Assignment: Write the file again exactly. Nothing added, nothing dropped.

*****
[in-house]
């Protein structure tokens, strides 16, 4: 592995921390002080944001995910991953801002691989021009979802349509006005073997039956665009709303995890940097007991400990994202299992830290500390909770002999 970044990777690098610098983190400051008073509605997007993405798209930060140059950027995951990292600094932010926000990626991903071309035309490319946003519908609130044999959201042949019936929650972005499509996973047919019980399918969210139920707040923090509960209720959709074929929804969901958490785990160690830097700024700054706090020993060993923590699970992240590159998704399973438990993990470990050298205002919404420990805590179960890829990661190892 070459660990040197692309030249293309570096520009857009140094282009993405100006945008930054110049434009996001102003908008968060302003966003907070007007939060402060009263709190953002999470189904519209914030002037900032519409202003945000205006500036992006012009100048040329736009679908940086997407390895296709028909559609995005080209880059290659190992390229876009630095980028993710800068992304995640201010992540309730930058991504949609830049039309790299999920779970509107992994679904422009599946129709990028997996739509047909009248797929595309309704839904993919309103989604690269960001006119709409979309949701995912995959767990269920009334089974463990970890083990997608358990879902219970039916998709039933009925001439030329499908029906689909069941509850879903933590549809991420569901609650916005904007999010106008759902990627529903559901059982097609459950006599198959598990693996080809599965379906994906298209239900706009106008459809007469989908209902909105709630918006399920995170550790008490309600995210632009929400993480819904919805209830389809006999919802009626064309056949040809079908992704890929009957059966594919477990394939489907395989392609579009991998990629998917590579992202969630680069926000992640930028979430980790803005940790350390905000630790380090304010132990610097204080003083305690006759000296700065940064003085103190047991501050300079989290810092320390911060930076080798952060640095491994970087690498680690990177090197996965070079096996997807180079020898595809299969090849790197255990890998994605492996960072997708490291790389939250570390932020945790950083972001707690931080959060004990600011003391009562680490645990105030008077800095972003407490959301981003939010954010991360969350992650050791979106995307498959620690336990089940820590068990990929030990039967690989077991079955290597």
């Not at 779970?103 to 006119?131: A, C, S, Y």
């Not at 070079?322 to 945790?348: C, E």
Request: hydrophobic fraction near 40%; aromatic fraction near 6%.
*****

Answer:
[in-house]
């Protein structure tokens, strides 16, 4: 592995921390002080944001995910991953801002691989021009979802349509006005073997039956665009709303995890940097007991400990994202299992830290500390909770002999 970044990777690098610098983190400051008073509605997007993405798209930060140059950027995951990292600094932010926000990626991903071309035309490319946003519908609130044999959201042949019936929650972005499509996973047919019980399918969210139920707040923090509960209720959709074929929804969901958490785990160690830097700024700054706090020993060993923590699970992240590159998704399973438990993990470990050298205002919404420990805590179960890829990661190892 070459660990040197692309030249293309570096520009857009140094282009993405100006945008930054110049434009996001102003908008968060302003966003907070007007939060402060009263709190953002999470189904519209914030002037900032519409202003945000205006500036992006012009100048040329736009679908940086997407390895296709028909559609995005080209880059290659190992390229876009630095980028993710800068992304995640201010992540309730930058991504949609830049039309790299999920779970509107992994679904422009599946129709990028997996739509047909009248797929595309309704839904993919309103989604690269960001006119709409979309949701995912995959767990269920009334089974463990970890083990997608358990879902219970039916998709039933009925001439030329499908029906689909069941509850879903933590549809991420569901609650916005904007999010106008759902990627529903559901059982097609459950006599198959598990693996080809599965379906994906298209239900706009106008459809007469989908209902909105709630918006399920995170550790008490309600995210632009929400993480819904919805209830389809006999919802009626064309056949040809079908992704890929009957059966594919477990394939489907395989392609579009991998990629998917590579992202969630680069926000992640930028979430980790803005940790350390905000630790380090304010132990610097204080003083305690006759000296700065940064003085103190047991501050300079989290810092320390911060930076080798952060640095491994970087690498680690990177090197996965070079096996997807180079020898595809299969090849790197255990890998994605492996960072997708490291790389939250570390932020945790950083972001707690931080959060004990600011003391009562680490645990105030008077800095972003407490959301981003939010954010991360969350992650050791979106995307498959620690336990089940820590068990990929030990039967690989077991079955290597």
């Not at 779970?103 to 006119?131: A, C, S, Y």
């Not at 070079?322 to 945790?348: C, E």
Request: hydrophobic fraction near 40%; aromatic fraction near 6%.